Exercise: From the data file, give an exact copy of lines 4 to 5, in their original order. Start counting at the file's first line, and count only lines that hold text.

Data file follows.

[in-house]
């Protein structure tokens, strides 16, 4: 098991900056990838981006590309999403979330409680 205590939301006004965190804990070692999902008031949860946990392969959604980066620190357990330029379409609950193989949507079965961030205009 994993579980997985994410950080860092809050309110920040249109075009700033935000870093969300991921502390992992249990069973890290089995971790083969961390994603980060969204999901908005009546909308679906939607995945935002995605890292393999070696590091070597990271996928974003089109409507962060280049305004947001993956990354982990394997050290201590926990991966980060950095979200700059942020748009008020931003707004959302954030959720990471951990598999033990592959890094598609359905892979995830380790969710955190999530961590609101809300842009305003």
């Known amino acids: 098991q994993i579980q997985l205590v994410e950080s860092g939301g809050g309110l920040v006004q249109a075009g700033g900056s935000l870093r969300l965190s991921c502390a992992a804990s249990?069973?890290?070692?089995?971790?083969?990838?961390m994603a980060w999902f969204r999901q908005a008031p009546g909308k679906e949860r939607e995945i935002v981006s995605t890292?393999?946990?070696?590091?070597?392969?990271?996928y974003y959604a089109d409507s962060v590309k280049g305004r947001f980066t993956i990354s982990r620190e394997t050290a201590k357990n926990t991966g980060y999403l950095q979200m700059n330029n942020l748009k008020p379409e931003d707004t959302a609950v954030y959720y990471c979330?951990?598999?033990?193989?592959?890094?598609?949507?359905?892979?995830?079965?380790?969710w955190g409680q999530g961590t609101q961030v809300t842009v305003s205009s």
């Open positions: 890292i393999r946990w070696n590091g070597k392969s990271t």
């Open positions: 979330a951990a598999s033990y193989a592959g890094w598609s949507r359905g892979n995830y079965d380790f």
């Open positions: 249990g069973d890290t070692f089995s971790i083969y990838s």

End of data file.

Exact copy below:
């Open positions: 890292i393999r946990w070696n590091g070597k392969s990271t």
């Open positions: 979330a951990a598999s033990y193989a592959g890094w598609s949507r359905g892979n995830y079965d380790f």